We've all experienced the mounting frustration that arises when we've spent multiple hours trying to solve a problem. You have a sinking suspicion that there's something trivial that you're missing, something which would make everything click and start working correctly again.
In these kinds of debugging situations, it's easy to enter a tail spin. The Wise Ones recognize that in this frustrated mental state we are impaired and not likely to solve the problem. We need to give our brains a chance to reset and to consider the problem in a new light.
In such situations, common advice is to utilize Rubber Duck Debugging. However, our faithful duck companions also have bad days, leaving you no better off than before you explained your problem in detail.
At this point, there is only one tool left in the toolbox: get up and take a walk.
A problem with a piece of writing often clarifies itself if you go for a long walk.
Taking Walks, a Common Cure
In my post How I Schedule My Day as a Consultant, I emphasize the importance I place on taking a break:
You cannot be effective if you are wrapped up in a frustrating task. Frustration clouds are thinking, and inevitably you waste time on that activity.
If you recognize that you are frustrated, stuck on a tricky problem, or running around in circles, take a break. A five to fifteen minute walk will help re-energize you and reset your physiological state. In many cases, you will return to your work with solutions or new ideas to try.
Sometimes all we need is a little fresh air and separation from our problems.
I first started pondering the importance of taking walks while reading Seneca, the ancient stoic master. Seneca believed we should take frequent walks to refresh ourselves, because constant work will fracture our mind:
"The mind must be given relaxation - it will rise improved and sharper after a good break. Just as rich fields must not be forced - for they will quickly lose their fertility if never given a break - so constant work on the anvil will fracture the force of the mind. But it regains its powers if it is set free and relaxed for a while. Constant work gives rise to a certain kind of dullness and feebleness in the rational soul.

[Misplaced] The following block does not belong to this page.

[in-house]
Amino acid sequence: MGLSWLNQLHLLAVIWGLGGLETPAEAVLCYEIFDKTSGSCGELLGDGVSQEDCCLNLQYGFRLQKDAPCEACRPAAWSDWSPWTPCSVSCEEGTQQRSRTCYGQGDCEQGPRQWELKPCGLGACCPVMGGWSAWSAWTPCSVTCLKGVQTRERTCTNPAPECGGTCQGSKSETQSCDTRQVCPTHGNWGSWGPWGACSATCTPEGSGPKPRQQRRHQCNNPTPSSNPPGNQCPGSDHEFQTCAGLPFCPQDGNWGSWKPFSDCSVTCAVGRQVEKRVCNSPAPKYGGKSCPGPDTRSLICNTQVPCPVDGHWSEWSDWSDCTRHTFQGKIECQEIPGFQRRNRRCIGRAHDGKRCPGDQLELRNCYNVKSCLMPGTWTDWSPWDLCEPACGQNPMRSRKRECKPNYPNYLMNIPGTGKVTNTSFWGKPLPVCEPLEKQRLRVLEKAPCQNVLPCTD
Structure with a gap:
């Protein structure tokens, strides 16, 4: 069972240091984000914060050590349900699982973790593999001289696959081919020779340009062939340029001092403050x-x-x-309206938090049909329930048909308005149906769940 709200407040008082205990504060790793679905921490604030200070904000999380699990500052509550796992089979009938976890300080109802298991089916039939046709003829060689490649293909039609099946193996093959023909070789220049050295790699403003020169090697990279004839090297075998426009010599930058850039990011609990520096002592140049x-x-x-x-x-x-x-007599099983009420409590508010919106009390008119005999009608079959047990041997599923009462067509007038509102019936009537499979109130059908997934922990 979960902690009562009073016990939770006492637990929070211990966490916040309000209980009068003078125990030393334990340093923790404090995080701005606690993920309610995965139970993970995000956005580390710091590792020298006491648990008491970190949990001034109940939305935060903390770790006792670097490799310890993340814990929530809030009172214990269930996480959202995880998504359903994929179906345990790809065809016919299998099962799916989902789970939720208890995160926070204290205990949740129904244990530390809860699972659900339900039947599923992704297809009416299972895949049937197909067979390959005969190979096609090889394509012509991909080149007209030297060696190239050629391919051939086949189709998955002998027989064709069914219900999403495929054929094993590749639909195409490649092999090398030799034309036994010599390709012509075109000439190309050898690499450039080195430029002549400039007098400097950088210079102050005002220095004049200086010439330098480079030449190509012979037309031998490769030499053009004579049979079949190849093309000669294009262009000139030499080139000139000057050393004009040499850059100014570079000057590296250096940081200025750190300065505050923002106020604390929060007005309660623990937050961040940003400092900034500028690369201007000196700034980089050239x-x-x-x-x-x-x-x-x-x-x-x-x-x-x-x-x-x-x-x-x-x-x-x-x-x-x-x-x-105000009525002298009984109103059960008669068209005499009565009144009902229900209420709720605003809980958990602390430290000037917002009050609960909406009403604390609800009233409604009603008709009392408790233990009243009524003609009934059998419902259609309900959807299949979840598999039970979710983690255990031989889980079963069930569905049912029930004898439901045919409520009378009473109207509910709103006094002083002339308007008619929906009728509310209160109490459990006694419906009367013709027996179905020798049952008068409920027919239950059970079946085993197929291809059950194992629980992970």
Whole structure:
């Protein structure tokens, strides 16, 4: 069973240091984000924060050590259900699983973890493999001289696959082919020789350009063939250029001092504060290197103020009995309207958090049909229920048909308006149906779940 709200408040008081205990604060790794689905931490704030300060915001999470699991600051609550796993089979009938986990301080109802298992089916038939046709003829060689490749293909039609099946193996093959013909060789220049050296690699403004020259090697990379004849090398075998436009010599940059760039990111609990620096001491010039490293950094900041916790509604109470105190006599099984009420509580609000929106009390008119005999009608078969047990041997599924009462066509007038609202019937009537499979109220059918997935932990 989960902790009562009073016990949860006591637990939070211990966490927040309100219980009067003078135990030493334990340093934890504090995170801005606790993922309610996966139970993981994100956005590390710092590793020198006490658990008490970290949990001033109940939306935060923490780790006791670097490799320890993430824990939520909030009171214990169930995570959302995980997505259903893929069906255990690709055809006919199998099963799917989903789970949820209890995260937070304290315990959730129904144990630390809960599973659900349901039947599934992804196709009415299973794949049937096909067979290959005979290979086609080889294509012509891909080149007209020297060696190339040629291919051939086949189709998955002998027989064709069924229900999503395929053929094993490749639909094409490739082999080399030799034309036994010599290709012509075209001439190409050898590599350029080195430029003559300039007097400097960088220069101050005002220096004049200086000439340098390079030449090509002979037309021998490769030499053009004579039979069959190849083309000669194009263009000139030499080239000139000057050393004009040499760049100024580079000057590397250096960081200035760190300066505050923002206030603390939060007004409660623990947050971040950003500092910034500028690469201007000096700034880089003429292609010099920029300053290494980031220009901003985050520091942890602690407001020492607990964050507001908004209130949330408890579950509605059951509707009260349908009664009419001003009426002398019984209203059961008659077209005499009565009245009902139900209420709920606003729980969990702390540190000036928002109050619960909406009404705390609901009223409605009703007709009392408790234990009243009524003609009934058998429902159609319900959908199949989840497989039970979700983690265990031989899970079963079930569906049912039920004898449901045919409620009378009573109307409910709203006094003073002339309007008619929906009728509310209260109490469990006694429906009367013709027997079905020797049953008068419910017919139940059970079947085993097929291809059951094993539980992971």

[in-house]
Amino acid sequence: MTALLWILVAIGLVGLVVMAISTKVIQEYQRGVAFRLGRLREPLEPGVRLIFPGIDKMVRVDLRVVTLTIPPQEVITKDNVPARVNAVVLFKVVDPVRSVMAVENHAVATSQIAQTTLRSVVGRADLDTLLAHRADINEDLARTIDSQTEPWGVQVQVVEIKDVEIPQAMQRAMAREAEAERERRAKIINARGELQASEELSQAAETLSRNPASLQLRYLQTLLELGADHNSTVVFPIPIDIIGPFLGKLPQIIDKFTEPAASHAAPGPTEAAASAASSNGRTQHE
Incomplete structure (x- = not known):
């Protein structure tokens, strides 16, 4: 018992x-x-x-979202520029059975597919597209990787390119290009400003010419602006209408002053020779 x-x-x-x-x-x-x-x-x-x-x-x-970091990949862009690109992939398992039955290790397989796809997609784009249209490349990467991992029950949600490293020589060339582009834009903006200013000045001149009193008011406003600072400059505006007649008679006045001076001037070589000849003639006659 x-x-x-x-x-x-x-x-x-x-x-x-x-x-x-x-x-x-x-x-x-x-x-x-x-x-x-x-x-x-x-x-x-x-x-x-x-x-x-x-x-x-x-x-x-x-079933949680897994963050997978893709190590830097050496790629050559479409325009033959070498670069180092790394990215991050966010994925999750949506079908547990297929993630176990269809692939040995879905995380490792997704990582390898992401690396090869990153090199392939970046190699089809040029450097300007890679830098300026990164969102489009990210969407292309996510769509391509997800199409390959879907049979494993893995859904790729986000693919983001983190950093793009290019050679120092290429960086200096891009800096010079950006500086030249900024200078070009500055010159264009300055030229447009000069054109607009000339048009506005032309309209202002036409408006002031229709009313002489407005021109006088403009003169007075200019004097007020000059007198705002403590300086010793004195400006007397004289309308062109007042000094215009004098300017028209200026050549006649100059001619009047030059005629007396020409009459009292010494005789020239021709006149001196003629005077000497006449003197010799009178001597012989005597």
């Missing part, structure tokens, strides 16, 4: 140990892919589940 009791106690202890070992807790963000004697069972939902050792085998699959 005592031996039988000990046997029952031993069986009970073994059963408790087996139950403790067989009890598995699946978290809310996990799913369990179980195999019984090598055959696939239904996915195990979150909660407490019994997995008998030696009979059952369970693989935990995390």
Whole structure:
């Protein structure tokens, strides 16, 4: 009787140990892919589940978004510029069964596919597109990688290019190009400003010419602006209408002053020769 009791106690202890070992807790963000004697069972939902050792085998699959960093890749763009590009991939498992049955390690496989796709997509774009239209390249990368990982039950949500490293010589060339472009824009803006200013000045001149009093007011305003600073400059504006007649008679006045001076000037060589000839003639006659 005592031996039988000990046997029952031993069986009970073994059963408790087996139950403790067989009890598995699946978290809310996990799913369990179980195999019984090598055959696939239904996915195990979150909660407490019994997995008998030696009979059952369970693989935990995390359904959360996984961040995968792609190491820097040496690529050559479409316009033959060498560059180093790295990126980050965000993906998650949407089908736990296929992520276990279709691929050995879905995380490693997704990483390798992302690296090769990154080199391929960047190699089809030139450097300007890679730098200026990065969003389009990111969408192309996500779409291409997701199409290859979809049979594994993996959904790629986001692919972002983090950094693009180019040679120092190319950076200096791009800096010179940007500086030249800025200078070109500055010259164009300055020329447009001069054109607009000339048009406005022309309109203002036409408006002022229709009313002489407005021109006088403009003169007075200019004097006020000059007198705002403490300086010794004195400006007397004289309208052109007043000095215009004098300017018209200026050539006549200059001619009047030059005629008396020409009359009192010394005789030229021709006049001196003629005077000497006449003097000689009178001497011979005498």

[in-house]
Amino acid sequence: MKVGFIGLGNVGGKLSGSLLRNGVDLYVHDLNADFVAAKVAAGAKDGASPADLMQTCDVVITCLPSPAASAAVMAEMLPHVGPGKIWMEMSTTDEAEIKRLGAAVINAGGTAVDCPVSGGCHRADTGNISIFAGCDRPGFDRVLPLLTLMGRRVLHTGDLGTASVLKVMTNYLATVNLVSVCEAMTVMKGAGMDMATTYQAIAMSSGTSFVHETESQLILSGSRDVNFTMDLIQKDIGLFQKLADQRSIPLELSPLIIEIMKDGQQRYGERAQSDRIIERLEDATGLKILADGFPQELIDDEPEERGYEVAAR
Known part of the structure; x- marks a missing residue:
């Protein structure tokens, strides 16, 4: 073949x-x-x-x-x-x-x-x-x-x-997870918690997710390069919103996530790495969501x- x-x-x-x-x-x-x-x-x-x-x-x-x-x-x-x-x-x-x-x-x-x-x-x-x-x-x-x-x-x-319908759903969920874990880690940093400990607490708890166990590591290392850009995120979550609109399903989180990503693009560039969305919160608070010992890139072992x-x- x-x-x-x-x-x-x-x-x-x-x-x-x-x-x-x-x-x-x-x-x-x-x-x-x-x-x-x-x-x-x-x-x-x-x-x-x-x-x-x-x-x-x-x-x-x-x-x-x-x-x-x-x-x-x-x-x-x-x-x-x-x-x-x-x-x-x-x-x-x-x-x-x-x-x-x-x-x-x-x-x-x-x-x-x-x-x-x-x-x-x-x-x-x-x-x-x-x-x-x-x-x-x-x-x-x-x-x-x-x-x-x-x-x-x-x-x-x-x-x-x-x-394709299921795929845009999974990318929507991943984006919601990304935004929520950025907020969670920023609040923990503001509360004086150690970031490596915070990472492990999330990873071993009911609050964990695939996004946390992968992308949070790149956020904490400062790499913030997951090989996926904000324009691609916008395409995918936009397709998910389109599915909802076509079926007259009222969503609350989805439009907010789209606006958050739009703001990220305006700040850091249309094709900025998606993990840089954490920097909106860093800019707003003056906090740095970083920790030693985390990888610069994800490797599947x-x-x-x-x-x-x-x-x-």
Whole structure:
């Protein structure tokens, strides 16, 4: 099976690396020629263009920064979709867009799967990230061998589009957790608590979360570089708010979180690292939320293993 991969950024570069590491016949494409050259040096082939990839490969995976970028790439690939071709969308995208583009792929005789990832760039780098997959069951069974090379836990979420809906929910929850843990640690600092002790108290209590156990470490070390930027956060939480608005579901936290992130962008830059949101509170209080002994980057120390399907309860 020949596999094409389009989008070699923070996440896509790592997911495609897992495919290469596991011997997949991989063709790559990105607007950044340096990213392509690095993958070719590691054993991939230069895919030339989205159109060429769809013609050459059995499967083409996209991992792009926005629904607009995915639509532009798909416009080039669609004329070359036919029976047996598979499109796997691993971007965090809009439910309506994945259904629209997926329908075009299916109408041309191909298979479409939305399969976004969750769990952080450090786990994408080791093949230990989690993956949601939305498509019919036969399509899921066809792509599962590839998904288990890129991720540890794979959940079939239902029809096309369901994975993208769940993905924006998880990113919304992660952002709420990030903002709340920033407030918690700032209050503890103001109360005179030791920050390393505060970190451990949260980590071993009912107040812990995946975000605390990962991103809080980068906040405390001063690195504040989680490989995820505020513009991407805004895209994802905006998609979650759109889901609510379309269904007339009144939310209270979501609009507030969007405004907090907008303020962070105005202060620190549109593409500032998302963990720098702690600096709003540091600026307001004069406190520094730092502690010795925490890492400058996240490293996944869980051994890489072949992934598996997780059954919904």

Seneca also righty points out that we are refreshed by the open air and deep breathing afforded to us by walking:
We should take wandering outdoor walks, so that the mind might be nourished and refreshed by the open air and deep breathing.
But it is not just ancient philosophers who spout recommendations to walk. Many writers have been known to love long walks, including William Wordsworth, Charles Dickens, Nassim Taleb, Soren Kierkegaard, Lewis Carroll, Frederich Nietzsche, Immanuel Kant.
When a traveler asked Wordsworth's servant to show him her master's study, she answered, "Here is his library, but his study is out of doors."
-- Henry David Thoreau, Walking
Henry David Thoreau dedicated an entire essay to his love of Walking. He is not shy about his disdain for non-walkers:
When sometimes I am reminded that the mechanics and shopkeepers stay in their shops not only all the forenoon, but all the afternoon too, sitting with crossed legs, so many of them—as if the legs were made to sit upon, and not to stand or walk upon—I think that they deserve some credit for not having all committed suicide long ago.
You can afford a break. Even better, make walks a part of your morning and evening routine.
Get outside. Enjoy the scenery. Enjoy being away from your work.
You will return from your walks with a stimulated mind. You may think that you're taking a "break", but you really end up smarter and clearer than you were when you left.